In the past year, the team, under their Tryangle Films production company, struck up a deal to produce the film, and they're now raising money via PayPal. They've also put out a trailer with incredible production quality for a fan-made film.
"We had a private and confidential discussion with Warner Bros who contacted us during the period of the crowdfunding campaign,"Pezzato told Polygon. "The only thing we can say is that they let us proceed with the film, in a non profit way, obviously."
With the legal obstacles hurdled, Pezzato and Prestia hope to have the movie released by the end of the year — for free, and on YouTube.
Based on the trailer, the movie — about Tom Riddle's transformation into Lord Voldemort — will be explored through the non-canonical character Grisha Mac Laggen, an heir of Gryffindor who investigates the murder of Hufflepuff descendent Hepzibah Smith and suspects Riddle was involved somehow.
J.K. Rowling, of course, is also working on an official "Harry Potter" prequel series. "Fantastic Beasts and Where to Find Them," set in 1929, was released last November, and will have four sequels. They center on Newt Scamander and the rise of Gellert Grindelwald, the wizarding world's big villain before Voldemort came around.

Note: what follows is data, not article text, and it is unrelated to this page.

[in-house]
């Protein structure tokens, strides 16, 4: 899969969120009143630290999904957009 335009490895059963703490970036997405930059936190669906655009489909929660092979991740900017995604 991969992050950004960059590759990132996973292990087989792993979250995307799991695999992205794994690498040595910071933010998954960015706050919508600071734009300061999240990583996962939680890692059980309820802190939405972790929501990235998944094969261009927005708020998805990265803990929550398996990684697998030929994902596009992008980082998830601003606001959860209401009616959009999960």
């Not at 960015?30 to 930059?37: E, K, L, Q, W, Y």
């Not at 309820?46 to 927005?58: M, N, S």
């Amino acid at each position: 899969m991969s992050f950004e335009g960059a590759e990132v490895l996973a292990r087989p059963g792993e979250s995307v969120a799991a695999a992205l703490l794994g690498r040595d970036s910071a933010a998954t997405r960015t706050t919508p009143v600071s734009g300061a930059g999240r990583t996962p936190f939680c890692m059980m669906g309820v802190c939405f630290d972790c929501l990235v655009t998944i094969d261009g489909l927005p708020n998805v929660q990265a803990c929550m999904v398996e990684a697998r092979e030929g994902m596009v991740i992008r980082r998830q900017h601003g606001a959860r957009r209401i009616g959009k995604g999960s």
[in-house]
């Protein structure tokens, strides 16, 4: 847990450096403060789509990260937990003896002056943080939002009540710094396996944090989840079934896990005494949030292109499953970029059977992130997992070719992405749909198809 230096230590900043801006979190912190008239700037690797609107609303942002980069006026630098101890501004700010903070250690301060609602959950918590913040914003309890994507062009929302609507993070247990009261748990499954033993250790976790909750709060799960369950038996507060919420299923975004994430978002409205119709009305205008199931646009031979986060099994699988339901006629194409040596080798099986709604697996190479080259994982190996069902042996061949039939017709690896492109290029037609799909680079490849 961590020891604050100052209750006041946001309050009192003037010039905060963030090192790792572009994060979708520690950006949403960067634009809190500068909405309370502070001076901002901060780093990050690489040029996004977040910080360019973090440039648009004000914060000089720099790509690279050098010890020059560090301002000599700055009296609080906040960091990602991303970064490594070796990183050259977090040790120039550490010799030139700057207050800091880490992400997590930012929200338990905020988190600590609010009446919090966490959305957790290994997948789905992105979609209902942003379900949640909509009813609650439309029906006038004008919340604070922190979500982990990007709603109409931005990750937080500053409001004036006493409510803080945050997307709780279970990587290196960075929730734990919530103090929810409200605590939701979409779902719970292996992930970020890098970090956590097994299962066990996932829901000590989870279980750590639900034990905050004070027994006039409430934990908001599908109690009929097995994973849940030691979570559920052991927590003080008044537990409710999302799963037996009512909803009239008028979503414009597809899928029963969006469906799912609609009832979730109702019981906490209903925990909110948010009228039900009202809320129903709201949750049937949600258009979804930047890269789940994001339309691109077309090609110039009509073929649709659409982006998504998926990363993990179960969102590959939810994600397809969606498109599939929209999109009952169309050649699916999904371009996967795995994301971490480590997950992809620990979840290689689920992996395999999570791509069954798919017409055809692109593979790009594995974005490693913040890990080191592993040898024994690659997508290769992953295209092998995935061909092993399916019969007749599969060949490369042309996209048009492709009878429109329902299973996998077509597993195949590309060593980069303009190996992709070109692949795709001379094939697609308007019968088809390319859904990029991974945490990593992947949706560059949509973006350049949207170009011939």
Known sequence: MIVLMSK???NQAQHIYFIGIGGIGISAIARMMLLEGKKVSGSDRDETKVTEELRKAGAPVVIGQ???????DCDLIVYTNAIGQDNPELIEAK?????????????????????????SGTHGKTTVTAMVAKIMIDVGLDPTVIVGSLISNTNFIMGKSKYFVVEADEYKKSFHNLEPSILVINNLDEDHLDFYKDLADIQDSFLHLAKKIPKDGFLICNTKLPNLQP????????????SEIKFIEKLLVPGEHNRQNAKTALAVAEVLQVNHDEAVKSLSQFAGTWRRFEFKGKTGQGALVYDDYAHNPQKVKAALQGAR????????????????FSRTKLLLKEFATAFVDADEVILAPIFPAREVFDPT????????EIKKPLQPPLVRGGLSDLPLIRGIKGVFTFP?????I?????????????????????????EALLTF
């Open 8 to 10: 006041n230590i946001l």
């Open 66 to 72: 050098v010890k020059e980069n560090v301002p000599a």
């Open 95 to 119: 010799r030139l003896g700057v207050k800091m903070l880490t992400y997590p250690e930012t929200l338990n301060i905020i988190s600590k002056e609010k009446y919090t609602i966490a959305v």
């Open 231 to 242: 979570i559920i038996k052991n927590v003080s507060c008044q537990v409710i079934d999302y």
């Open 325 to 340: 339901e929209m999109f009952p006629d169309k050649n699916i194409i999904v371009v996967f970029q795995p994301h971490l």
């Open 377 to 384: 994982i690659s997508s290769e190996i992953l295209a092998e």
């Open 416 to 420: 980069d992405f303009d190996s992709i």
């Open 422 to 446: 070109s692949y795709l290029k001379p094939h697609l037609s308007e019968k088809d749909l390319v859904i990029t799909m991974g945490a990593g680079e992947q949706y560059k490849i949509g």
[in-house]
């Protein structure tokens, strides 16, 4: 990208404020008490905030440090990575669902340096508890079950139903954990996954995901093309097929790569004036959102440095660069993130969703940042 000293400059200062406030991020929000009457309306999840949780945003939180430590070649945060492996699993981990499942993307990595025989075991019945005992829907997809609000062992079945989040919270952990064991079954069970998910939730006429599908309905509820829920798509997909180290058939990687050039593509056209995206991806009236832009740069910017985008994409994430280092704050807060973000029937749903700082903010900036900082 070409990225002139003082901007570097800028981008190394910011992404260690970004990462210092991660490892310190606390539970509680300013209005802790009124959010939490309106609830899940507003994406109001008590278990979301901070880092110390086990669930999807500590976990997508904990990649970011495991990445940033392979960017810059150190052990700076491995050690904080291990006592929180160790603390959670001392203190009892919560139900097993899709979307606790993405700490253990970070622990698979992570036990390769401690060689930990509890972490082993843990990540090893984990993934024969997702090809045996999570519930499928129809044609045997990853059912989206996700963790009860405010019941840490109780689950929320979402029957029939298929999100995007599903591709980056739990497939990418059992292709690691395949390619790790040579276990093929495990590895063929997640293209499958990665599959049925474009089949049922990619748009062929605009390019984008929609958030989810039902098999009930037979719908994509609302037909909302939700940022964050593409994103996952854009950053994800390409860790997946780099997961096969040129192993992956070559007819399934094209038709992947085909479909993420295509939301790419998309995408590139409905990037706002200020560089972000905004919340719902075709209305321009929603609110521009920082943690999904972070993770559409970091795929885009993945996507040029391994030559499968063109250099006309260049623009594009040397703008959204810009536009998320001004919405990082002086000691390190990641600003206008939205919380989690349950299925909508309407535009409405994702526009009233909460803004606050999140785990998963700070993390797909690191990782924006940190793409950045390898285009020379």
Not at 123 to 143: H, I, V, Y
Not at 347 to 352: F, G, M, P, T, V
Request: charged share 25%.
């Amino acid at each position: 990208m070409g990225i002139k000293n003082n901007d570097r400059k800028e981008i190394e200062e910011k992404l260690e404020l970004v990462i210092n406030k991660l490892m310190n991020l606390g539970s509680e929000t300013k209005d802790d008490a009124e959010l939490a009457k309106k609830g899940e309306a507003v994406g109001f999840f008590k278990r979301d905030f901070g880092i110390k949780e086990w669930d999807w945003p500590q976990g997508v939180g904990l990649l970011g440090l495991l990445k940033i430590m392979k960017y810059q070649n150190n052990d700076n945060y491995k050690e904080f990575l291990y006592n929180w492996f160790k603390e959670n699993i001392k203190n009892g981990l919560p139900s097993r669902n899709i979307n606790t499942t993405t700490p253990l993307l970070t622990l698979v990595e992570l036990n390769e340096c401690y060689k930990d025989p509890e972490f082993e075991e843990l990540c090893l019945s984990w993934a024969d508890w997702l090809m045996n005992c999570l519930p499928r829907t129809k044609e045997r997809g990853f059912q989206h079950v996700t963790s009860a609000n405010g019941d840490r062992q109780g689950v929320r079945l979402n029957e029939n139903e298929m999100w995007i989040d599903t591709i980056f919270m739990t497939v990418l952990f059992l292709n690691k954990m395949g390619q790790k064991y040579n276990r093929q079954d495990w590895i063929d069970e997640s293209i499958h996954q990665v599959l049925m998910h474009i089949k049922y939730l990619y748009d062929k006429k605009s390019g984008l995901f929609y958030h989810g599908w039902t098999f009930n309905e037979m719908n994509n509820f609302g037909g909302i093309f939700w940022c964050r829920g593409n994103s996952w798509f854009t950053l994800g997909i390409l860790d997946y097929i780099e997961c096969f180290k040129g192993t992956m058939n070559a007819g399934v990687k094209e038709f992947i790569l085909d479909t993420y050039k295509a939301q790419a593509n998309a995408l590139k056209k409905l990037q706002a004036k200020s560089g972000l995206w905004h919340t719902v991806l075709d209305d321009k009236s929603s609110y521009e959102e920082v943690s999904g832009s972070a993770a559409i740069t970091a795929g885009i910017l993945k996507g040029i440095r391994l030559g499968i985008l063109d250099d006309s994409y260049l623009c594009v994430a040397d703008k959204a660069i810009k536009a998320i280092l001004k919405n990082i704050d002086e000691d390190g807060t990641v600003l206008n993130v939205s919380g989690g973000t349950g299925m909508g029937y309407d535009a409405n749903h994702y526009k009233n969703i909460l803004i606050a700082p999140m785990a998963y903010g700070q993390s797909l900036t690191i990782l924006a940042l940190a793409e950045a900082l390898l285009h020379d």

Guys have Batman, Spider-Man, Superman, Iron Man, Captain America, The Hulk, Aquaman. The list is seemingly endless. But the few women superheroes have always been limited in their exposure. Even Wonder Woman, until now.
Female superheroes usually take a backseat to the male ones in movies, or their stories are only told on the small screen. Yes, we had the pink Power Ranger and the yellow Power Ranger. We had Storm, Catwoman, Supergirl, and Batgirl. But they weren’t at the forefront enough for many girls to even know of their existence, for anyone besides dedicated fans to know the female Power Rangers beyond their colors, and most of them were never given the chance to represent women in the way we want to see ourselves on the big screen.
Female superheroes from comic books that make it into films are usually reduced to cliches and/or sex objects, with little effort made to humanize them and give them as much depth as their male counterparts. In the Halle Berry "Catwoman," the cat has more substance than she does. In "Batman & Robin," the nipples on George Clooney’s batsuit have more depth than Alicia Silverstone's Batgirl. Even in "The Avengers," Black Widow doesn't get much screen time compared to some of her male costars.